Aaron Fobes, Julia Lawless (202)224-4515
In Speech, Hatch Outlines Concerns with OECD International Tax Project
Utah Senator Says Congress Should Have Significant Say in BEPS Framework
WASHINGTON – In a speech on the Senate floor today, Finance Committee Chairman Orrin Hatch (R-Utah) outlined ongoing concerns regarding the Base Erosion and Profit Shifting (BEPS) project that is being developed by the Organization for Economic Cooperation and Development (OECD) and called on the Obama Administration to work with Congress to ensure proposals considered under the project keep America competitive and benefit American workers and job creators.
“Congress is the steward of American taxpayer resources. Those resources are not bargaining chips for international agreements that may or may not advance our nation’s interests,” said Hatch. “Make no mistake, international cooperation and consensus are important. I don’t object to unified actions toward common goals and shared objectives. But, when the resources of U.S. taxpayers are on the line – as they appear to be with the BEPS project – Congress must play a significant role.”
Noting Congress needs more, detailed information regarding the costs relative to the benefits of the BEPs proposals, Hatch today asked the nonpartisan Government Accountability Office (GAO) to work with him to develop an in-depth analysis of issues, such as whether the IRS is capable of sharing sensitive tax information with foreign tax authorities without violating the confidentiality of American businesses, among others. Hatch further asked the GAO to look into how such policies would impact the U.S. economy.
“Before any additional steps are taken and before we can even consider moving on any of the BEPS action items, we need more information,” said Hatch. “I urge Treasury to work more closely with Congress on this and to not tie our hands as we move toward tax reform by consenting to bad outcomes. I urge them to consider the interests of U.S. taxpayers and to not make any commitments that would impose unnecessary burdens on American companies and put them at a competitive disadvantage.”
The complete speech, as prepared for delivery, is below:
Mr. President, I rise today to express serious concerns about an ongoing project at the Organization for Economic Co-operation and Development, or OECD. It’s called the Base Erosion and Profit Shifting, or BEPS, project.
BEPS is a program that is intended to address perceived flaws in international tax rules that have allowed multinational companies to shift profits – but not necessarily corresponding economic activity – from high-tax to low-tax jurisdictions. These strategies, in some cases, have had a negative impact on the tax bases of OECD countries, creating a need for solutions.
Unfortunately, it appears that the project has moved well beyond its original mandate, and many U.S. companies are rightly concerned that they may be facing significant negative consequences. This should concern all of us in government as well.
Let’s talk for a minute about how we got where we are today.
In 2012, the G-20 tasked the OECD with developing a comprehensive and coordinated approach to addressing certain aggressive tax-planning strategies. As we all know, the G-20 is an international forum for governments and central bank officials from 20 major economies around the world, which meets periodically behind closed doors to discuss financial matters and, even though it has no formal charter, arrive at agreements.
The G-20’s direction resulted, at least in part, in the BEPS project. It was originally supposed to be limited in scope, with a focus on discrete actions to address inappropriate tax avoidance. The idea was to find ways to possibly arrive at consensus on how to prevent those strategies that result in very little or no taxation of profits, or what some have come to call “stateless income.”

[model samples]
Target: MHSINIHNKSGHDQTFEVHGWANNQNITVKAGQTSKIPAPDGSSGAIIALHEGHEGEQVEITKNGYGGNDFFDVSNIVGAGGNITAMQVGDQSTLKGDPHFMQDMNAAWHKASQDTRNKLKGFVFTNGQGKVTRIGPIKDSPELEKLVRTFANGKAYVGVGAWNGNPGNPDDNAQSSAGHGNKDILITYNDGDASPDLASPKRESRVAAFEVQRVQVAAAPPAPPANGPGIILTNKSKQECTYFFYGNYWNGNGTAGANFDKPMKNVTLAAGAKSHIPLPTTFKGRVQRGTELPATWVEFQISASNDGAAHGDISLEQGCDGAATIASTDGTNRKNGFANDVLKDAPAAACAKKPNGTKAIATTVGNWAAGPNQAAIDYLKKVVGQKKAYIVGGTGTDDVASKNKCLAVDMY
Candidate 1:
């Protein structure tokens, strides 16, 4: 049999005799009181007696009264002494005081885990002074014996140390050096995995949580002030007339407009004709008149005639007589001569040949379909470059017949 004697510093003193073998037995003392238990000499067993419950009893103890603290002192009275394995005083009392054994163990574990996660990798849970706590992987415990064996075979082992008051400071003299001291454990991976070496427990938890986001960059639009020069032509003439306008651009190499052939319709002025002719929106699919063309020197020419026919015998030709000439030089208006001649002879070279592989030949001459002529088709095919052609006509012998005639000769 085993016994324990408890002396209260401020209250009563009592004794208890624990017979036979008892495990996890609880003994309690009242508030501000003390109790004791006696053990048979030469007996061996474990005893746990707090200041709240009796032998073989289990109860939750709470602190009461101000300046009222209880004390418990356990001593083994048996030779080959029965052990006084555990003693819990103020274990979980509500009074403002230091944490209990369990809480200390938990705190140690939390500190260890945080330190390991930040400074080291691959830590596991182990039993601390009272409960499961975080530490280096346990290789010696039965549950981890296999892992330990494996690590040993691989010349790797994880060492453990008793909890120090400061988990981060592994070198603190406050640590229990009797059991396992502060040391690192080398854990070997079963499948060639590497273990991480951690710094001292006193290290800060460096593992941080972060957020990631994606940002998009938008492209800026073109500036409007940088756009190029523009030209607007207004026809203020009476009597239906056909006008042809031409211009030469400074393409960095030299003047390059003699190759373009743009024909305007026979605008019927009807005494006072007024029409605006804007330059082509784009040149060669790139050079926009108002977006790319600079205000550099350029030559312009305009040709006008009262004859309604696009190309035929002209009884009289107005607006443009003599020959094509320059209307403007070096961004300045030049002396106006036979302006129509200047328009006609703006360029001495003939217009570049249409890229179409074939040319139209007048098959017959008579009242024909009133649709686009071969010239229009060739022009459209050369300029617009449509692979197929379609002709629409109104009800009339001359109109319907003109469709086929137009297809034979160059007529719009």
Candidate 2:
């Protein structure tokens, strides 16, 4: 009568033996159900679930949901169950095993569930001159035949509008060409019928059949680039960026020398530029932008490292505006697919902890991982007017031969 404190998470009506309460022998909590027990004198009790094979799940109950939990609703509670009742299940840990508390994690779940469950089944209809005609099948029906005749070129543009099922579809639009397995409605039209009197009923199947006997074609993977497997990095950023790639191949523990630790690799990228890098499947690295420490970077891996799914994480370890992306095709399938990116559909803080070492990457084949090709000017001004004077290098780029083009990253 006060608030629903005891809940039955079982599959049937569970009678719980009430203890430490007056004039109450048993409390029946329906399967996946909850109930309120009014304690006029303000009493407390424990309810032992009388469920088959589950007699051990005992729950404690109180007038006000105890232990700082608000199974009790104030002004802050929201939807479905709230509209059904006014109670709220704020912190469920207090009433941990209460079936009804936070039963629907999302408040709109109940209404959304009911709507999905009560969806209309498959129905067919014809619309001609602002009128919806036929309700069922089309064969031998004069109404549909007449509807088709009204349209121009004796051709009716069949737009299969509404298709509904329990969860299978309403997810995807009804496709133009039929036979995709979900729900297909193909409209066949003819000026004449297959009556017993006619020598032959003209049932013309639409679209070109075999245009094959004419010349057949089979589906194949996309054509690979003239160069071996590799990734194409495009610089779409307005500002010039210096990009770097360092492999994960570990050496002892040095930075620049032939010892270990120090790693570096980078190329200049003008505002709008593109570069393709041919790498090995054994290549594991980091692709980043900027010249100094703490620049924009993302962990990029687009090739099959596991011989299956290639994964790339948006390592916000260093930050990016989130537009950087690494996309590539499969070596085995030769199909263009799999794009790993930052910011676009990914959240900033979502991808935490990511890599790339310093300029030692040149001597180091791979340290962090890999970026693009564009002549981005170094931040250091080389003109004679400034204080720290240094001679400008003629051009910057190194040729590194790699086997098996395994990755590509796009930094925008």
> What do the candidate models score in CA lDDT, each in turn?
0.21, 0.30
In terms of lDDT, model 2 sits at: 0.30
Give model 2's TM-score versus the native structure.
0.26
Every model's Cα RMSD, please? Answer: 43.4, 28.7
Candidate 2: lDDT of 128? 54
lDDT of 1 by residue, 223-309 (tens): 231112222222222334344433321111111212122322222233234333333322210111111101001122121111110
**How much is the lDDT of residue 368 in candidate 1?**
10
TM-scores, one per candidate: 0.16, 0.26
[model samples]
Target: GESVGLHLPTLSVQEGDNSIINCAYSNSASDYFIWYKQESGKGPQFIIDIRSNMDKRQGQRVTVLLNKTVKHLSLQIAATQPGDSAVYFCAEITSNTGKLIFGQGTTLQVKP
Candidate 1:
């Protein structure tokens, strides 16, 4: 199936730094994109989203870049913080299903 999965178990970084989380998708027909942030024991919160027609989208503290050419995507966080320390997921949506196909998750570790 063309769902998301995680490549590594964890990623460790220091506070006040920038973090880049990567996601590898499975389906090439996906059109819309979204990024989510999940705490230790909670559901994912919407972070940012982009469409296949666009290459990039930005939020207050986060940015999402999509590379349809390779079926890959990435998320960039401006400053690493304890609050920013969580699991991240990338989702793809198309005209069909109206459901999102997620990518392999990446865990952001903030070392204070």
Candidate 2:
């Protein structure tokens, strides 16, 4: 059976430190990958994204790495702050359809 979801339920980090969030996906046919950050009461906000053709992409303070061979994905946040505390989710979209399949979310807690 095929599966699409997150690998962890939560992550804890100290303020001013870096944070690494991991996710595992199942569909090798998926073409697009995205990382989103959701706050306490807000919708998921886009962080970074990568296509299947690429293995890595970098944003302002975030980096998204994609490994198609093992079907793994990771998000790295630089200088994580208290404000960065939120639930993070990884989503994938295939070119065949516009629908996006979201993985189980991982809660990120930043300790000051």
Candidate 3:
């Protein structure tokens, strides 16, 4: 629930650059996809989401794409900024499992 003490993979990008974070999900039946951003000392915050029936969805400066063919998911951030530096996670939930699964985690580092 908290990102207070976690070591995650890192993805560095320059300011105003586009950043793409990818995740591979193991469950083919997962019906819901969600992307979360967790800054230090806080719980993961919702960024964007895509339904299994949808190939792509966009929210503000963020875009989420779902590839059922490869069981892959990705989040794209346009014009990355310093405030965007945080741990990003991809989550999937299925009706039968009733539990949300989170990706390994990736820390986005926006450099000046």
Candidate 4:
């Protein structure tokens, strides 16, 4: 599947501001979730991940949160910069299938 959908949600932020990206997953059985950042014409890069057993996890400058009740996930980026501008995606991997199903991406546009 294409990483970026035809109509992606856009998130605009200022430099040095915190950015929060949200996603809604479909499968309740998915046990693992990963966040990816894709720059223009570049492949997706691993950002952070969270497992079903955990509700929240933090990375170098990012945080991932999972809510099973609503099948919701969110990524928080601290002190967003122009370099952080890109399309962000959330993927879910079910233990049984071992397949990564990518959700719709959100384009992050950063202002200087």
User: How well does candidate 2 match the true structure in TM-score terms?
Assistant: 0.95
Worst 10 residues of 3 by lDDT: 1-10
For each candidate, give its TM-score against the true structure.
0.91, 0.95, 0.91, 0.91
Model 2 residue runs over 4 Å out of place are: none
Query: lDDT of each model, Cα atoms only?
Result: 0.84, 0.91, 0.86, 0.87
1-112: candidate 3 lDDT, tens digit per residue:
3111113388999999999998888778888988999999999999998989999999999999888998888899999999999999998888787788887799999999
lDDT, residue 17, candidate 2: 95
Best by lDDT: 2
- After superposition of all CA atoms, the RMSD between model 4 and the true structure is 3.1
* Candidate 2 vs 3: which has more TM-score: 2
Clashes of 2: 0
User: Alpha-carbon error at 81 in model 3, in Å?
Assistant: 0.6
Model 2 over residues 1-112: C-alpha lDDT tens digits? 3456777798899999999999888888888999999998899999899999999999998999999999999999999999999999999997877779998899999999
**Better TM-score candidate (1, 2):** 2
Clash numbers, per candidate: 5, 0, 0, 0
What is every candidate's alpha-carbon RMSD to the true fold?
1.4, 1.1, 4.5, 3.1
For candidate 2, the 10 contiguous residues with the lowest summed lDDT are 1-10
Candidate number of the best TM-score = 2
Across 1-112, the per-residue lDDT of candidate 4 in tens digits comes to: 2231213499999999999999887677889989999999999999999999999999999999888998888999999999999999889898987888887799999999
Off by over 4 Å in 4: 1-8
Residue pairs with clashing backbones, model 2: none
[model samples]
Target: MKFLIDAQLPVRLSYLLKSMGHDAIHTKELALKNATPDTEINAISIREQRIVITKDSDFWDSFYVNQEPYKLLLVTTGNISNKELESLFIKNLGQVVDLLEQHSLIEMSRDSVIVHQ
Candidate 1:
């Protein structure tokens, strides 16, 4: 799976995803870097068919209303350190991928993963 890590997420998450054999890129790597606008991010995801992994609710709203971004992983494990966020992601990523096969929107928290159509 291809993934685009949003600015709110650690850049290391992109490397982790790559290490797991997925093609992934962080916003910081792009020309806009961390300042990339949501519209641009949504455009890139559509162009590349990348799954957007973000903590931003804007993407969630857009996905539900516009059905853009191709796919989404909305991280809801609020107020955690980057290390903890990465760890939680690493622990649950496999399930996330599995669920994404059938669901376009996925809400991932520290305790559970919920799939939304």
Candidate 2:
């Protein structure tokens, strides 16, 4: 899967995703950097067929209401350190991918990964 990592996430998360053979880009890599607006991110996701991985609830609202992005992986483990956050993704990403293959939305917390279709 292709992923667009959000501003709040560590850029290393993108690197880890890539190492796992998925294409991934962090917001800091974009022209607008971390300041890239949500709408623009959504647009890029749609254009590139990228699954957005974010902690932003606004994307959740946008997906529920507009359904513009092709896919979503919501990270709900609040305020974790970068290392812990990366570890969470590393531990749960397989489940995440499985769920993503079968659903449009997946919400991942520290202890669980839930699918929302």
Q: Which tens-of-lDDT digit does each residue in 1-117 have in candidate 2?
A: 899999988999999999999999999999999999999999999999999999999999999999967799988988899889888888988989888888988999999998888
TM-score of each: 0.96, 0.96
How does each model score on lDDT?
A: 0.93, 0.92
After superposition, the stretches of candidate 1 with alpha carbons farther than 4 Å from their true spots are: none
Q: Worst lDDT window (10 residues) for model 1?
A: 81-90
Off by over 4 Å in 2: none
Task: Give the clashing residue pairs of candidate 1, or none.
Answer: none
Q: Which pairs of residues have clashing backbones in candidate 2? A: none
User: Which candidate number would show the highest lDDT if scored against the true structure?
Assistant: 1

The OECD released what it called its “BEPS Action Plan” in 2013. The plan identified 15 action items for changes in tax policy.
Among those action items were recommendations to modify domestic laws to 1) strengthen controlled foreign corporation, or CFC, rules and limits on interest deductions; 2) prevent tax treaty abuse; 3) increase taxpayer reporting requirements and information sharing among governments; and 4) develop a multilateral instrument to implement certain BEPS actions.
Discussion drafts have been released on many of the action plan items and final reports are anticipated to be finalized and delivered to the G-20 later this year.
The Obama Administration’s Treasury Department has been actively involved in the BEPS project.
Last summer, Deputy Assistant Treasury Secretary for International Tax Affairs Robert Stack stated that: “Failure in the BEPS project could well result in countries taking unilateral, inconsistent actions thereby increasing double taxation, the cost to the U.S. Treasury, and the number of tax disputes.”
Given this and other statements from Treasury officials, it appears that Treasury believes its role in the BEPS project is to protect the U.S. tax base from erosion and to protect U.S. multinational companies from actions from other countries that could lead to double taxation and time-consuming disputes. In that regard, Treasury has been actively negotiating on behalf of the U.S. government to reach consensus on the BEPS action items.
These are laudable goals, Mr. President. However, I do not believe these goals have been achieved. Indeed, just last month, Deputy Assistant Treasury Secretary Stack himself faulted the U.K. and Australia for taking unilateral actions targeting U.S. multinationals, possibly contrary to the commitments those countries have made in their treaties with the U.S.
More importantly, I am very concerned that there are bigger issues at play here and that the BEPS project has far exceeded its original mandate.
Once again, BEPS was meant to be limited in scope, focusing on the prevention of tax-strategies that yield inappropriate results. Instead it appears to have become a mechanism for rewriting global tax strategies – potentially including those commonly used by U.S. companies – behind closed doors without the input or consent of Congress.
As we all know, only Congress can make changes to U.S. tax law. Yet, no representatives from Congress have been offered a seat at the table in any of the BEPS negotiations.
Sure, the OECD has been quite forthcoming in meeting with members and congressional staff, but, in the actual BEPS deliberations, all the decisions are being made by unelected bureaucrats in Paris, and not by anyone from the Senate or House of Representatives.
The Senate Finance Committee, which I chair, is currently engaged in an effort that we hope will eventually lead to comprehensive tax reform. This has been a long-term effort and members of both parties and both chambers of Congress have been engaged in this endeavor for quite some time.